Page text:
For us, the largest sectors in Europe include clima­te­tech, fintech and health­tech. Howe­ver, we look very speci­fi­cally for foun­ders who have in-depth know­ledge and strong hypo­the­ses in an important problem area — we are often surpri­sed by the ideas oursel­ves. The port­fo­lio includes both hard­ware and soft­ware compa­nies, with the majo­rity of the port­fo­lio consis­ting of B2B compa­nies from a wide range of sectors.

2. What crite­ria are used to select the foun­ders? What should they bring with them?

Drive, Grit and Spike! — We are looking for teams that address large and typi­cally fast-growing markets and deve­lop scalable products and busi­ness models based on tech­no­logy. The key ques­tion is always whether the oppor­tu­nity is big enough to build one or poten­ti­ally seve­ral very large compa­nies in this area.

Drive descri­bes the moti­va­tion and, in a posi­tive sense, the drive of foun­ders. Buil­ding a company from scratch is a big task — espe­ci­ally when it comes to deve­lo­ping new tech­no­lo­gies and serving global markets. Strong teams think big, they tackle unsol­ved problems and are often more moti­va­ted by this than by the pure enthu­si­asm to build a large company. They often have a deep passion for solving the problem they are tackling.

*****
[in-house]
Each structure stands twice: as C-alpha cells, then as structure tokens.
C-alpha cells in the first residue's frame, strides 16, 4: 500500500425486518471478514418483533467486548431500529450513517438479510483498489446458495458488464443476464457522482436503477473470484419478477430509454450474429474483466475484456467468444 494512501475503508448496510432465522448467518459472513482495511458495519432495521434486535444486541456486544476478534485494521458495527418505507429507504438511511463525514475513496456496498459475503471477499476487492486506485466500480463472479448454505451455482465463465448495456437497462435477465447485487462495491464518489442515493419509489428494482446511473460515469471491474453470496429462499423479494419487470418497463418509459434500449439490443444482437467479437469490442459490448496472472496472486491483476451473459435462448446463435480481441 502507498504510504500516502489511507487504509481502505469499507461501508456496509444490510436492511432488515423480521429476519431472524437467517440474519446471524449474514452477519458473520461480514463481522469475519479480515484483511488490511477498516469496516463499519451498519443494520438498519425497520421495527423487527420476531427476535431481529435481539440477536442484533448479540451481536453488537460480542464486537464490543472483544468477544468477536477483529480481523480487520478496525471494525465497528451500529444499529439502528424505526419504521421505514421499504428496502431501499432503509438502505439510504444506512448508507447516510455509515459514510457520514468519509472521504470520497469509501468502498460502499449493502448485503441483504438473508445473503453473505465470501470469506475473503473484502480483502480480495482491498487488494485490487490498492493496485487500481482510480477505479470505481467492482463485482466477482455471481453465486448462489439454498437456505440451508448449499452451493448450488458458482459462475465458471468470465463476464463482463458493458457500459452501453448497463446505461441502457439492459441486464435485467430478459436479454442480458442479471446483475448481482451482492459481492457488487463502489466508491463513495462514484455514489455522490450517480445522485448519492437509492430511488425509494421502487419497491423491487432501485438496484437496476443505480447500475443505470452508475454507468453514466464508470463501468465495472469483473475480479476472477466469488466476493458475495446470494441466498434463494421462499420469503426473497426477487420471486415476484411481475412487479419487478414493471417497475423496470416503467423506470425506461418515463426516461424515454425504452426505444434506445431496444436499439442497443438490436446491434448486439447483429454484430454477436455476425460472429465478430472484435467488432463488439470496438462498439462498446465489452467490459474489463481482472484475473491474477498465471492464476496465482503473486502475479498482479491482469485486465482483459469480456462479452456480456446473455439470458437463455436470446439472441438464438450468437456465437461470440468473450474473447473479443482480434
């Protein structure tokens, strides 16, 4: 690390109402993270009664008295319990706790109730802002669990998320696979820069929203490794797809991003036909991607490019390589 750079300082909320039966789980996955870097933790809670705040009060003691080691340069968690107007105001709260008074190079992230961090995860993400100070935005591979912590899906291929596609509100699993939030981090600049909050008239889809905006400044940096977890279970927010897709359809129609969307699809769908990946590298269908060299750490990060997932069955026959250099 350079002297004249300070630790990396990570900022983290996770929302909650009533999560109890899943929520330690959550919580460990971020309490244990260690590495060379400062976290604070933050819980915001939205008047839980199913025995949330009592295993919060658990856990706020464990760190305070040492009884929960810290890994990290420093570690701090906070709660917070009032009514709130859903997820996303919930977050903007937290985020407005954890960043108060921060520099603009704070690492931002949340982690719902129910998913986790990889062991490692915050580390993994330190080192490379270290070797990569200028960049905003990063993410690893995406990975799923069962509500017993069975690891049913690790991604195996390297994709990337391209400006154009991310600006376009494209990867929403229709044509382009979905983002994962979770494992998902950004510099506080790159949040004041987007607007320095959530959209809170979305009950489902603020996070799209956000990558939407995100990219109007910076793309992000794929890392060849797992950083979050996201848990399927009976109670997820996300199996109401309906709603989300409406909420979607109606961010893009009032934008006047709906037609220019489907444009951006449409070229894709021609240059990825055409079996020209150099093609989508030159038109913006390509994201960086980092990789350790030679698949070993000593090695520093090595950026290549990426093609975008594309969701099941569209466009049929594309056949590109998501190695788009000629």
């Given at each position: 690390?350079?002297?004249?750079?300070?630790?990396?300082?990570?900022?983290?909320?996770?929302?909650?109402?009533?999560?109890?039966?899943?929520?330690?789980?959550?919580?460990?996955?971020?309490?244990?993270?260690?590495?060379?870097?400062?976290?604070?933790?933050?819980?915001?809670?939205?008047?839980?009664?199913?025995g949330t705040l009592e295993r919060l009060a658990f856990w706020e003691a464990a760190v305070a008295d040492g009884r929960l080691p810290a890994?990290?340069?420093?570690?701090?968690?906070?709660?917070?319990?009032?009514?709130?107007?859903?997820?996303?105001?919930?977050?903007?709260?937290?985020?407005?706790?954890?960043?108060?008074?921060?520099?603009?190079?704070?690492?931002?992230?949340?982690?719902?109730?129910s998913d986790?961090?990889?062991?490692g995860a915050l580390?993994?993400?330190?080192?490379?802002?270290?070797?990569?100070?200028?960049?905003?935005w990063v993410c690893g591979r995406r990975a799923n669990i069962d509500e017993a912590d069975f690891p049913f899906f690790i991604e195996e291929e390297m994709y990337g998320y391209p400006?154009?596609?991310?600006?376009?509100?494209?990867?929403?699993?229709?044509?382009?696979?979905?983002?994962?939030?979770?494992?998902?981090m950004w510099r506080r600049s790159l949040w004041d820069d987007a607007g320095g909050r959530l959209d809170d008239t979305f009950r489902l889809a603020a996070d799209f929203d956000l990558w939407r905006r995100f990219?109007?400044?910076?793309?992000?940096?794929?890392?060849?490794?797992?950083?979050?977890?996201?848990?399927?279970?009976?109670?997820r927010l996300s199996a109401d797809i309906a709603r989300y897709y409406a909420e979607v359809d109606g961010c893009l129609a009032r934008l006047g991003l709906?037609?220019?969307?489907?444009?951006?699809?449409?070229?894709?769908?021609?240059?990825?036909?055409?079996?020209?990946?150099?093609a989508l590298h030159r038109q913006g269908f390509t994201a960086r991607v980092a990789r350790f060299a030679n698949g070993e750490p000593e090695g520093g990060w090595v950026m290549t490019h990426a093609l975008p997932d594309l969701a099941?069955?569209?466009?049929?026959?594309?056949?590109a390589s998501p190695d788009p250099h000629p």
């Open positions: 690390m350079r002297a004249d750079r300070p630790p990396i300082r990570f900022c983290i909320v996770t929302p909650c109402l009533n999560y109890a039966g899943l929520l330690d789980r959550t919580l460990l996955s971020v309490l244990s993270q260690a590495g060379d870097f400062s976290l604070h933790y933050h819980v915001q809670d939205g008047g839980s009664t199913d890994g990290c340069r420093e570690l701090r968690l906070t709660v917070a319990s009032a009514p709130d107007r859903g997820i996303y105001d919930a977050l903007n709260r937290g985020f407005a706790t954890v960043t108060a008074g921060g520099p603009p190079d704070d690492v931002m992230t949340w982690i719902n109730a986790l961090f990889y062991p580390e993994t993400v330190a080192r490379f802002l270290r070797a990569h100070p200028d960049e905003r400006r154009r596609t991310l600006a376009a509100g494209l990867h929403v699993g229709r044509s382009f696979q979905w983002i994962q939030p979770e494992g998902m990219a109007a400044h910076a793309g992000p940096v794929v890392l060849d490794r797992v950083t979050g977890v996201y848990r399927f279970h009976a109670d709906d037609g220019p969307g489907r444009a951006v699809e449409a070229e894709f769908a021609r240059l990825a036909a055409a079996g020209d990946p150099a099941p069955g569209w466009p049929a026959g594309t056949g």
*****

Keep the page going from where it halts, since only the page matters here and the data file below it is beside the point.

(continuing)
Grit descri­bes the ability to grit your teeth and carry on in diffi­cult times. The jour­ney of a foun­ding team is always rocky, you are confron­ted with many rejec­tions — it often takes dozens of conver­sa­ti­ons before the first custo­mer or inves­tor is converted.

Spike descri­bes both the indi­vi­dual strength of each member of the foun­ding team and the coll­ec­tive strength — being better than the compe­ti­tion. The ques­tion we ask oursel­ves is whether the foun­ding team can be one of the best teams in this field. Only if there is a convic­tion that a team can prevail against the (future) compe­ti­tion are there high chan­ces of success.

3. How do you secure follow-up finan­cing? Have you noti­ced that this has become more diffi­cult in the current environment?

We can initi­ally conti­nue to invest in our port­fo­lio oursel­ves from two fund stra­te­gies up to a Series C, i.e. over the first approx. 5 finan­cing rounds. In our expe­ri­ence, this is a very strong value propo­si­tion for both our inves­tors and foun­ding teams. We also work closely with the strong VC inves­tors in the ecosys­tem. These are VCs as well as busi­ness angels, family offices and, in later phases, corpo­rate investors.